Wife’s lack of corroborating evidence mostly dooms her appeal

In the Sir Arthur Conan Doyle story “Adventure of the Silver Blaze,” Sherlock Holmes deduces the identity of the thief, in part, by noting that a dog did not bark, indicating the thief was no stranger. Holmes understood that the absence of evidence can be as telling as evidence itself.

This is often true in family court cases. Often a litigant’s claims would be corroborated by documentary evidence. When a litigant makes such claims but fails to produce the documentary corroboration, a court is right to look skeptically at the litigant’s claims. That appears to be what happened to Wife in the November 2, 2016 Court of Appeals opinion in Miteva v. Robinson, 792 S.E.2d 920 (S.C. App. 2016)

Wife filed an divorce action on the ground of Husband’s habitual intoxication. She alleged that some of her property was non-marital and some of Husband’s pre-marital property had been transmuted. At trial, the family court refused her fault divorce claim (granting the parties a no-fault divorce), rejected some of Wife’s transmutation claims while dividing the marital estate equally, and required her to pay all of Husband’s attorney’s fees. She appealed.

On the fault-divorce issue, the Court of Appeals affirmed the family court. While both parties presented corroborating witnesses on allegations of Husband’s habitual intoxication, the family court found one of Husband’s witnesses most credible. Wife presented four incident reports, claiming she called the police four times while Husband was intoxicated. However none of these four reports mentioned Husband’s intoxication and one report was made by Wife after the separation regarding an incident Wife claim occurred before the separation. The family court felt Wife had made this report to create corroborating evidence.

Both the family court and the Court of Appeals found “Husband’s appearance and professional accomplishments suggested he was a person of considerable self-control.” This was a significant factor in rejecting Wife’s fault-divorce request. Numerous successful professionals are also alcoholics (the law is, sadly, full of them). Evidently the ability to hold oneself together professionally mitigates the risk that heavy alcohol use will lead to a fault divorce.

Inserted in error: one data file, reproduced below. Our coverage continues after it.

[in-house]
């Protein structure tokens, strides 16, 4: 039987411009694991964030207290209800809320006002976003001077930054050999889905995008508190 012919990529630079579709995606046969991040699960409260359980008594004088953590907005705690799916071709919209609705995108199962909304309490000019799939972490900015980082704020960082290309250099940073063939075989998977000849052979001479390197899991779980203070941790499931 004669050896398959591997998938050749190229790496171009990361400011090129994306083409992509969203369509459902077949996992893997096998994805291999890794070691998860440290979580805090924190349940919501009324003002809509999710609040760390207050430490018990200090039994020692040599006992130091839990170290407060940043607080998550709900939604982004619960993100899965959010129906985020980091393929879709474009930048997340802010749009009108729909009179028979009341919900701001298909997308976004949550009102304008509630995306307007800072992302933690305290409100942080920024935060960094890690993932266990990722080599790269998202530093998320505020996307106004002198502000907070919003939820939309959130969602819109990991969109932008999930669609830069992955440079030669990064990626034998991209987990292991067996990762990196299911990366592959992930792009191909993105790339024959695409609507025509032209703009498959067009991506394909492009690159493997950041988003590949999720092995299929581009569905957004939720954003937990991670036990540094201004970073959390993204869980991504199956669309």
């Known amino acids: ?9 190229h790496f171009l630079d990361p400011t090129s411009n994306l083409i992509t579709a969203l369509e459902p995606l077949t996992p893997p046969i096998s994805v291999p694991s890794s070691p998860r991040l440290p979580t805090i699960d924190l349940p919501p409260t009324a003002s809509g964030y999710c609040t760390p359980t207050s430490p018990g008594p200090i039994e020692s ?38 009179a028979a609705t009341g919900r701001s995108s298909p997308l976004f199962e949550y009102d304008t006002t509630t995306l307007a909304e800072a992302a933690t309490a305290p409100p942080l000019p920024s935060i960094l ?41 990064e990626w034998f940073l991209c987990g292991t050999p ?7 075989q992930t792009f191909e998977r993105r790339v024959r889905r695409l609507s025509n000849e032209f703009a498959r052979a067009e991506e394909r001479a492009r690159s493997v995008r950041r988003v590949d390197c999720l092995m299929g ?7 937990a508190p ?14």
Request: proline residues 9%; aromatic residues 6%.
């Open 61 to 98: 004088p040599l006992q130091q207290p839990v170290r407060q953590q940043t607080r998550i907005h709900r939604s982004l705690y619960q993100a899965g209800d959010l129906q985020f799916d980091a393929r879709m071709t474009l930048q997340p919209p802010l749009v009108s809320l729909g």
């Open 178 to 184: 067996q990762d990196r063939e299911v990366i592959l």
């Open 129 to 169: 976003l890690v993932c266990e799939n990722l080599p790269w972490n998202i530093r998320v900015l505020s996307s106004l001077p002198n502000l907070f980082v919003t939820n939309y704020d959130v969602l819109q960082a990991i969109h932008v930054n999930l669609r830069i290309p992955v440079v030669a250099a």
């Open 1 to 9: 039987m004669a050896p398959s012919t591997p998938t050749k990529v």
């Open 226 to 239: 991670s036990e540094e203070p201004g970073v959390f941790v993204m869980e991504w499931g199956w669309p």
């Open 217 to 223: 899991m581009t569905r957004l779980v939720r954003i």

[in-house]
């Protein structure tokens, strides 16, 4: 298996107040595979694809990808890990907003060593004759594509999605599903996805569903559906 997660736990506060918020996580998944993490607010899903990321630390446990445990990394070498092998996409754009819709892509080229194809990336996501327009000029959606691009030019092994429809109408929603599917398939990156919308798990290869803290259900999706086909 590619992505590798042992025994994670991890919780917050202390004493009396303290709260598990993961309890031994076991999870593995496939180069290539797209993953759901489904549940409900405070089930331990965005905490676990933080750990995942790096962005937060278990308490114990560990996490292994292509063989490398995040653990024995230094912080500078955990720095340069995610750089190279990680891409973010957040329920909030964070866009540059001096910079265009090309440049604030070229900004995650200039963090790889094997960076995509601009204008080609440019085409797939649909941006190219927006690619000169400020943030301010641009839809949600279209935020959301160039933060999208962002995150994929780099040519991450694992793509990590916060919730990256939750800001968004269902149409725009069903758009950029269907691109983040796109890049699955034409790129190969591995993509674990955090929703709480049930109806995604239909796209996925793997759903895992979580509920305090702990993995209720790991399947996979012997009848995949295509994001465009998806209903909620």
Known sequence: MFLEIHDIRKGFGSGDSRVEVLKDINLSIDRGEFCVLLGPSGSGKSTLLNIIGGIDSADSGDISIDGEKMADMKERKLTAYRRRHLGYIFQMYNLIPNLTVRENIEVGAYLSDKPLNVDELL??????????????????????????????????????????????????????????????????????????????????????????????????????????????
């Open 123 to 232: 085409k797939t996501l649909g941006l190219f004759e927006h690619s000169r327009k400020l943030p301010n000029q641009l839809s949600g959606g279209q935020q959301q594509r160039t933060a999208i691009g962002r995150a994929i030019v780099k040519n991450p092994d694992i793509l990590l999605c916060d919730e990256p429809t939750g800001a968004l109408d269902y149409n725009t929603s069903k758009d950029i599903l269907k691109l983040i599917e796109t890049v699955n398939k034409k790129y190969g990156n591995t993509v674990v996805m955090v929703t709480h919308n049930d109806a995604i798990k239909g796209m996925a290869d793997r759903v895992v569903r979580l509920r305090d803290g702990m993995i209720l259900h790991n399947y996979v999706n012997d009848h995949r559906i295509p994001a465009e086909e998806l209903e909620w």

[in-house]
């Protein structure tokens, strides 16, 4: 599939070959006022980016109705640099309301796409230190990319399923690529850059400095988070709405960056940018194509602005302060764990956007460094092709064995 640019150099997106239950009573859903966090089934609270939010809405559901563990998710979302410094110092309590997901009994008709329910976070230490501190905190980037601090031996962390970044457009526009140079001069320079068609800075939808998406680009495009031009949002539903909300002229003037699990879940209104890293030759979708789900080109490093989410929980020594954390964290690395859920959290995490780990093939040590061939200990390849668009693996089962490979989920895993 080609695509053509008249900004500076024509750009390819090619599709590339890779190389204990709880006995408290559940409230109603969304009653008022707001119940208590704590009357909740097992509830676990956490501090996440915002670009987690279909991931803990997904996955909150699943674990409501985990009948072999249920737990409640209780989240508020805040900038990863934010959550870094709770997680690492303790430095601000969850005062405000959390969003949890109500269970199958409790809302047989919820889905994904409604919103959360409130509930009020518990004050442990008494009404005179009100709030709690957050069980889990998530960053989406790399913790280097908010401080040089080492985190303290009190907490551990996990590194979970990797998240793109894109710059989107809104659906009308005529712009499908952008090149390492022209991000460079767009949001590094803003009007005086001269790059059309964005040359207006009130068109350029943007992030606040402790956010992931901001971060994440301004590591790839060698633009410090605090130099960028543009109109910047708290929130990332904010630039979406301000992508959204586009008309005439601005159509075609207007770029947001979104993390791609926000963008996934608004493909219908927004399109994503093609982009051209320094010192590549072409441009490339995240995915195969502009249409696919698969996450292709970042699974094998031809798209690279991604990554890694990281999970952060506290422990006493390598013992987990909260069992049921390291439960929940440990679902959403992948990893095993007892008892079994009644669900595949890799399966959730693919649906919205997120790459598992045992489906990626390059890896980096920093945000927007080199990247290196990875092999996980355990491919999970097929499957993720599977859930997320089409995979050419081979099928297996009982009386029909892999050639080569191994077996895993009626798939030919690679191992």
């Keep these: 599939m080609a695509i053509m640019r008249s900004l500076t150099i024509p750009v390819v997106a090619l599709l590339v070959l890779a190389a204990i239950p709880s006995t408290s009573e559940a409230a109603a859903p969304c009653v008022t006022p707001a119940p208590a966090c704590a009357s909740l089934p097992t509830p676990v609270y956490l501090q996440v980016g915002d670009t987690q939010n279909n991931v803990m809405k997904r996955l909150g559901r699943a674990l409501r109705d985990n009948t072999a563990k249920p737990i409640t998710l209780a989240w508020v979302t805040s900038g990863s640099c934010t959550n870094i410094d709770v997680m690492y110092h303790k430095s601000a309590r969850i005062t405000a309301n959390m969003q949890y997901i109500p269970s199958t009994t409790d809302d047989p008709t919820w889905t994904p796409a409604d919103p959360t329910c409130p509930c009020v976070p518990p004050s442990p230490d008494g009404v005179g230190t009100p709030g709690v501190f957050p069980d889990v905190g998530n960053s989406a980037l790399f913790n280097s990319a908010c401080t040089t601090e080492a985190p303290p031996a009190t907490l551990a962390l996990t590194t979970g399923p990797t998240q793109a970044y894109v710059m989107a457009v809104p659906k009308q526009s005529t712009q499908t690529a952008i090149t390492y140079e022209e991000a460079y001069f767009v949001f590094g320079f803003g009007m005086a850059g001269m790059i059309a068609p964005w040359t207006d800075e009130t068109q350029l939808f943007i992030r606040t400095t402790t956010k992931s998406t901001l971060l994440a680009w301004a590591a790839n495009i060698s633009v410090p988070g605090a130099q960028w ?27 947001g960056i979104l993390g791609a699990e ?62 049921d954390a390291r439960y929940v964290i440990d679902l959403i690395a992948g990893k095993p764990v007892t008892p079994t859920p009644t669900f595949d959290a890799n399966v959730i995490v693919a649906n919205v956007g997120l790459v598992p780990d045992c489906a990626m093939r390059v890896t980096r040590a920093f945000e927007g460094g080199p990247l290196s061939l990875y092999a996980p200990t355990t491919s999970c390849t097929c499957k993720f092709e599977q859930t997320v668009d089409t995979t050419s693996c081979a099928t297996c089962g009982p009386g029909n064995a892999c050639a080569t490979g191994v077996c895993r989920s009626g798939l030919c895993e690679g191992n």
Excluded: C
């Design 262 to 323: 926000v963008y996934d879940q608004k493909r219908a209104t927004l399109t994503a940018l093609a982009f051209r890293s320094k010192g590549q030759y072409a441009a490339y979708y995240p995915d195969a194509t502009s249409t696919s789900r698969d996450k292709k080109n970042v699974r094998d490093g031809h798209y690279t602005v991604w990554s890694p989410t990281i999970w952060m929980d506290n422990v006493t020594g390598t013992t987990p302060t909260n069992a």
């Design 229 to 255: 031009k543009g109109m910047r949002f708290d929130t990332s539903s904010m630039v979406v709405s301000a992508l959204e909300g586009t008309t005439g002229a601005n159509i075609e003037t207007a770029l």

The family court rejected Wife’s claim that mobile homes Husband owned prior to the marriage had been transmuted into marital property. She claimed she had given Husband funds to pay off credit card debt that was related to these mobile homes. However Wife failed to produce the credit card statements or her proof of these payments, leading both courts to reject this claim.

Wife also argued that two pieces of real estate she owned were not marital. One property was purchased prior to the marriage and Wife claimed she had used proceeds from the sale of pre-marital property to purchase the second property. Husband argued that both properties were marital. He was listed as the purchaser of both properties (Wife was listed as a co-purchaser on one) and was listed as the landlord of one property. Husband contended he had done significant work in maintaining and improving the properties, and produced documentary evidence to corroborate these claims. The family court further found that documentary evidence supported Husband’s claim that his HELOC had not been used to repay Wife from loans she provided him (as Wife claimed) but had been used to help finance these properties. Based on this, the Court of Appeals affirmed the finding that these were marital properties.

Wife further argued that the marital estate should not have been divided equally. The marriage was short duration–less than four years from the date of marriage to the date of filing. Wife made numerous arguments as to why she should receive the majority of the marital estate. At least a few of her arguments appear to be contradicted by the documentary evidence she provided in discovery or at trial. The Court of Appeals found no error in the equal division.

However, the Court of Appeals modified the family court’s award of fees to Husband. The family court had made Wife pay all of Husband’s fees. The Court of Appeals reduced this award from $27,561.29 to $15,000. While agreeing with the family court that Husband was the prevailing party, the Court of Appeals noted that Wife was successful on some of the issues. It further noted each party had an equal ability to pay fees and that, at the time of trial, Husband’s income was greater than Wife’s. Given these circumstances, the Court of Appeals did not believe Wife should pay all of Husband’s fees.

There are two, not necessarily exclusive, possibilities. Wife may have been lying about the parties’ acquisition of marital assets and debts and Husband’s heavy alcohol use. Wife may have had corroborating evidence of her claims but failed to provide it at trial. If Wife was simply lying (or exaggerating), it’s hard to see this resolution as unjust. However if Wife was merely disbelieved due to inconsistent or inadequate documentation, this represents a failure by her and/or her trial attorney.

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